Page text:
Kevin Lynch announced today at MAX Japan in Tokyo that Adobe AIR has been installed on consumer desktops over 100 million times and that Flash Player 10 has been installed on over 55% of connected desktops worldwide in just two months. The AIR number comes in less than a year since it was released and what is really great is that we’ve seen the numbers accellerate due to the rapid growth in the number of social media apps built on AIR such as Tweetdeck and Twhirl. In terms of runtimes, AIR is still really early but is really starting to hit stride with developers and consumers. Almost every day I talk to customers who are doing something with AIR or hear about new AIR apps that have sprung up in the community. Like any new technology, some of what we’re seeing is experimental and do fun and interesting things for the sake of being fun and interesting, but don’t have a lot of practical value. The flip side is the strong adoption numbers of some of the AIR apps that we’ve seen that are highly functional and fill a market need. I’ve personally reached a point where I usually have at least two AIR apps running all the time (Tweetdeck and Adobe Directory) and occasionally will realize that I have three or four running – pretty different from even six months ago.
The Flash Player 10 adoption numbers are simply amazing. They can also be a little confusing. When we release a player, it’s backward compatible, so it can always play older versions of Flash content. So when we measure the number of machines that can play Flash content on the web, we’re at over 98% of connected desktops worldwide. The important thing to us is that the most recent versions of the player achieve very high adoption rates – we’re at well over 90% adoption for Flash Player 9 (I don’t have the exact number). We typically test player adoption rates quarterly (Emmy Huang, Group Product Manager for Flash Player, has a great blog post on this). These results are published on a quarterly basis. What is really amazing is that Flash Player 10 has already been installed on half of the computers that can connect to the internet in eight weeks. There’s simply no other technology that has been adopted so quickly. And with the capabilities that Flash Player 10 has, when developers really start to take advantage of the new functionality we’re going to see some really amazing content and applications. Congrats to the AIR and Player teams – this is a big accomplishment!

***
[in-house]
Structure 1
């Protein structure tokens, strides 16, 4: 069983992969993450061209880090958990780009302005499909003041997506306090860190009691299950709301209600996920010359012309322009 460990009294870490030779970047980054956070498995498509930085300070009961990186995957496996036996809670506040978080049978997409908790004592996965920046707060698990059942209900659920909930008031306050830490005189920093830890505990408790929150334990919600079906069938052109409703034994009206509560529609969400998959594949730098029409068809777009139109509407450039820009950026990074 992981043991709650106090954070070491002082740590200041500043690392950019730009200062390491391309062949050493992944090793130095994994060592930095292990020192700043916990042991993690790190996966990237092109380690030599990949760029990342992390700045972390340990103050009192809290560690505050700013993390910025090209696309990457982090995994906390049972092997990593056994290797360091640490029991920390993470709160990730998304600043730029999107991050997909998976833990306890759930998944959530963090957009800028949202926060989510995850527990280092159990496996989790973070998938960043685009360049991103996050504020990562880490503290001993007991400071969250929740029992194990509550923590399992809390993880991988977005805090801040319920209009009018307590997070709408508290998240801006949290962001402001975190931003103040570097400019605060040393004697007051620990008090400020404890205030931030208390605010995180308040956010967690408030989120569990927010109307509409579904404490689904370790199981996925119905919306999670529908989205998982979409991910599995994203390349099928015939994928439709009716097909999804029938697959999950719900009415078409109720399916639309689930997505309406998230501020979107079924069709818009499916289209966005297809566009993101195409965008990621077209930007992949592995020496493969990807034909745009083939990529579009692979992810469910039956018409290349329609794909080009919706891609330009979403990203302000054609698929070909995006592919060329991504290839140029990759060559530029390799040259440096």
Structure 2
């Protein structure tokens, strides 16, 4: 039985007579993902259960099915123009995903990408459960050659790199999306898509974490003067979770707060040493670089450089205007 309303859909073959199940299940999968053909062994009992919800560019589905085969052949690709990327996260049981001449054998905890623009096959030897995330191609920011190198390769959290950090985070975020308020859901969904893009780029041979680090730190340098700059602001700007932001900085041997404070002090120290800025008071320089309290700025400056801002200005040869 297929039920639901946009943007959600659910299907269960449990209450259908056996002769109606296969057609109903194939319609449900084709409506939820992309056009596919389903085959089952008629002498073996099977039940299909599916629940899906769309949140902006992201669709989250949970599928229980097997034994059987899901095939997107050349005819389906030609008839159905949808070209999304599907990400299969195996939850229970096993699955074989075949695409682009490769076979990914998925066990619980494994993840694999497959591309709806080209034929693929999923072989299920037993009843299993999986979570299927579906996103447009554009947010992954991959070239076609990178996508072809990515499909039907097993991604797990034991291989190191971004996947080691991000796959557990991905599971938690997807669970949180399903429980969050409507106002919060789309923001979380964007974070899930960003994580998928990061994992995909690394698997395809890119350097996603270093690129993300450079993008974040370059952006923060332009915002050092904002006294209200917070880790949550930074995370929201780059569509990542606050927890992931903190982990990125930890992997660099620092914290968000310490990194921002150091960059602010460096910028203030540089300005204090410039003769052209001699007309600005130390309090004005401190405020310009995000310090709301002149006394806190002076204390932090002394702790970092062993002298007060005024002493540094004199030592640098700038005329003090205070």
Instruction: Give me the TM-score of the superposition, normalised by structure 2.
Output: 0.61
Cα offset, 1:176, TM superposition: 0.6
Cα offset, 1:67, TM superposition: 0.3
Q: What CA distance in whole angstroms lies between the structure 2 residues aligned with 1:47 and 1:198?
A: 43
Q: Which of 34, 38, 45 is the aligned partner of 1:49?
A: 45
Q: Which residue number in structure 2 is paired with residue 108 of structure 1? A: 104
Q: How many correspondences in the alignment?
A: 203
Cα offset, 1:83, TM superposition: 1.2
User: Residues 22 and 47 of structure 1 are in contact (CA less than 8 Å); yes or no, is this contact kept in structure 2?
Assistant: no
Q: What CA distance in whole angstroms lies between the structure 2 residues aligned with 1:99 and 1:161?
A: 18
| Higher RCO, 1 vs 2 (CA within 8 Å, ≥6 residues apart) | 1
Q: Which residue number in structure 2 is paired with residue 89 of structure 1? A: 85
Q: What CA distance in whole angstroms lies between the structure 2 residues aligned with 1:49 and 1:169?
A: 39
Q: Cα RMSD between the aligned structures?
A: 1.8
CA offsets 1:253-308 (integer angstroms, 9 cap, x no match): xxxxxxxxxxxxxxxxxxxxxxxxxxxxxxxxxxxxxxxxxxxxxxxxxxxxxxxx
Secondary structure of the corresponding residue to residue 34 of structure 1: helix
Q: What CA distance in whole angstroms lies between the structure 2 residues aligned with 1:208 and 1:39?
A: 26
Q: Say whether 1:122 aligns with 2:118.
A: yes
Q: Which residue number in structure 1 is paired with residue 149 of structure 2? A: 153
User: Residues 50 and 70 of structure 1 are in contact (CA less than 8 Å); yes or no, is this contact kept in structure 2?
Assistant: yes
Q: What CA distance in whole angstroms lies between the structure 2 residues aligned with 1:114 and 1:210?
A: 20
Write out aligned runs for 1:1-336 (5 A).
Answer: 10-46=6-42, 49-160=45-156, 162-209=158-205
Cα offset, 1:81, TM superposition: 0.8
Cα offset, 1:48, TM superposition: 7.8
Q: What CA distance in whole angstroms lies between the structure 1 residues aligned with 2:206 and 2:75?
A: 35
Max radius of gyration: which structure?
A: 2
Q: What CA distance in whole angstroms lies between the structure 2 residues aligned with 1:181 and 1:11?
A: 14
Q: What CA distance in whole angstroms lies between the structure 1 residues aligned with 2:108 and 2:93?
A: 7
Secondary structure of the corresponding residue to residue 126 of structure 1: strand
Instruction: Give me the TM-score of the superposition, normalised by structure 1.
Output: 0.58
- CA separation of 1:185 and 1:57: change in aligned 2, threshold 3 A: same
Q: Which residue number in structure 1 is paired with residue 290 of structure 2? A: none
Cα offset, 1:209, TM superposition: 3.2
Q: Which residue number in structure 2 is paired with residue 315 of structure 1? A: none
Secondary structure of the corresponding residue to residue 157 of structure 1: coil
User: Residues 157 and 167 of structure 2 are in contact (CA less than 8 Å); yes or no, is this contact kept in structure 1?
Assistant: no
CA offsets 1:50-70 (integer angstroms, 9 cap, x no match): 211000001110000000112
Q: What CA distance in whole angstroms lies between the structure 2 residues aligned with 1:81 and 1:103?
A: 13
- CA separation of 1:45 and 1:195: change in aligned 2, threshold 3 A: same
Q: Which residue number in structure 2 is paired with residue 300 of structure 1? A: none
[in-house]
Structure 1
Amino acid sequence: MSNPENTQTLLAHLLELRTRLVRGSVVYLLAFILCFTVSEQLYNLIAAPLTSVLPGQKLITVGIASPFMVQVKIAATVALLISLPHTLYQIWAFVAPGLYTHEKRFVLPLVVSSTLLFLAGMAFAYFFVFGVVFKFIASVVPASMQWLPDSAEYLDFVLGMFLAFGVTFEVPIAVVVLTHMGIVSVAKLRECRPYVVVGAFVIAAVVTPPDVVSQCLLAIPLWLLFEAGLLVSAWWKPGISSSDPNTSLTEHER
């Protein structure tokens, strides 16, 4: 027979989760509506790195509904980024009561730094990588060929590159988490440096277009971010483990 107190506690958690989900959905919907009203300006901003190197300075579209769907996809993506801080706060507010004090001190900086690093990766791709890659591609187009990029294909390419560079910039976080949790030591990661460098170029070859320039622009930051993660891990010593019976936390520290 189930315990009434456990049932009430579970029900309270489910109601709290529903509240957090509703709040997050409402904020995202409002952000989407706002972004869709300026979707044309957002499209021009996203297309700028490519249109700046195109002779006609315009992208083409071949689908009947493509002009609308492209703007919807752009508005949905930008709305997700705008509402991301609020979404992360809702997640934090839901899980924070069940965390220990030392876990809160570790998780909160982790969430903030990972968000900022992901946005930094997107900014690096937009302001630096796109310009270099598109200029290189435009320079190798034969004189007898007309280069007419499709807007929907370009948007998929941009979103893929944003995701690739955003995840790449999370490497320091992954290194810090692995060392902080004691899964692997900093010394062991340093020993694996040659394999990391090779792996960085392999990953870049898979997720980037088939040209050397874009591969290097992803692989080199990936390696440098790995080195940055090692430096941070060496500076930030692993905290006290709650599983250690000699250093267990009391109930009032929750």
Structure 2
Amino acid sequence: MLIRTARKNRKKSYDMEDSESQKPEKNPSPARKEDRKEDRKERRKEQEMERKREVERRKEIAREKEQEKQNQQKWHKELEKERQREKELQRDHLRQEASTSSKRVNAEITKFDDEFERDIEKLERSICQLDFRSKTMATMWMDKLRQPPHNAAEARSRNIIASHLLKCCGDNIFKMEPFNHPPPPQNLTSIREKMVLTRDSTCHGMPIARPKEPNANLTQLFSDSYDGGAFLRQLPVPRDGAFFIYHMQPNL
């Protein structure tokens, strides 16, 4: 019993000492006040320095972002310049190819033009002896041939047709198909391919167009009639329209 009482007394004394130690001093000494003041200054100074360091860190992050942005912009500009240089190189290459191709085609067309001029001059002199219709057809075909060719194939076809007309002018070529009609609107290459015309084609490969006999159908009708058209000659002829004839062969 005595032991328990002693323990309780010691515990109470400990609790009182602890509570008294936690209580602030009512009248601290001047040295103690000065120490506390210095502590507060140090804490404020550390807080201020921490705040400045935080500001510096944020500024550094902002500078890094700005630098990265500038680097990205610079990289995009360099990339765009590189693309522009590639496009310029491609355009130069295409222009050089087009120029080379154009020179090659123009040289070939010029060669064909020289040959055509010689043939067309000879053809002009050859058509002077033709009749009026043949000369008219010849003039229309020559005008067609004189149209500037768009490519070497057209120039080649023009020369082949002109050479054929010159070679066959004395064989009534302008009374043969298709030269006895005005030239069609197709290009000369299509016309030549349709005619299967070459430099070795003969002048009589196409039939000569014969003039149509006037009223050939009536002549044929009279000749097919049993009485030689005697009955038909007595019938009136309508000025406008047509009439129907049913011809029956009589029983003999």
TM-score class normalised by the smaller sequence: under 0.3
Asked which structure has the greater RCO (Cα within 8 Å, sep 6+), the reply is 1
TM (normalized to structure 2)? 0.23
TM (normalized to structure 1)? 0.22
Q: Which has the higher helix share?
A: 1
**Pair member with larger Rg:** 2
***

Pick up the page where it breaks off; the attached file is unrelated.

Good news for Linux users – AIR 1.5 is now available. You can get the release at http://get.adobe.com/air/ . This should fix issues for a number of Linux users who used apps like Tweetdeck and Twhirl that upgraded to AIR 1.5 before the Linux release is out.
I was lucky enough to give the opening session welcome this morning at MAX Milan. We have a great crowd of over 1300 developers and designers from all over Europe and beyond (45 countries I’m told) – I even ran into someone from Dubai today. The sessions are going well, and we’ve had good blog coverage of the event so far. We have a big group of press at the event – over 70 journalists and bloggers are here. The guys from Dutch Cowboys are taking video interviews, we have several folks live blogging and twitter has two streams going – #maxmilan and #maxeurope. The Adobe community across Europe has grown dramatically in the past year, in part from the onAIR tour we did last summer, and in part because of the great evangelism team we have here now.
Next up is the Open Source BOF, and then I’m getting peaks at the MAX Award winners for the announcement tomorrow .
I spent most of today watching the final keynote dress rehearsal for MAX 2008 at Moscone West. I’ve seen it all before, and I STILL got chills! We have a lot of cool stuff coming out today – AIR 1.5 launches, with the new SquirrelFish engine, support for encrypted SQLite, and full Flash Player 10 awesomeness inside. Speaking of Flash Player 10, a 64-bit version for Linux is now available on Labs. The long awaited Thermo release – now to be known as Adobe Flash Catalyst – will be available for Mac users at the show (and will be up on labs for Mac and Win in a few months). Along with Flash Catalyst is the Flex Builder 4 preview release, code named Gumbo. In addition to the streamlined design/develop workflow that it enables with Flash Catalyst, Gumbo will also have additional functionality to support data-centric development. For anyone who wants to understand where Adobe is headed with our programming tools, you’ll see it with Gumbo.
We also have new FMS releases available, and the cocomo api’s will be available on labs for Flex developers to add social functionality quickly and easily into their apps.
There are some cool surprises in store for all the MAX attendees – you’re going to have a great time, and walk away with all the latest and greatest on the Adobe Flash Platform. See you at MAX!
Oh, and see you at MAX Milan on December 1st – that’s going to rock too!
As I sit on hold waiting for a Comcast customer support person to help me get our internet back up and running, an ad comes on for Comcast VOIP phone service.
I can’t get my cable modem working correctly, and you want me to trust you with my phone?
The true irony though is the marketing genius who thought that running those ads to captive customers waiting for *support for their cable internet service* would be a good idea. Not!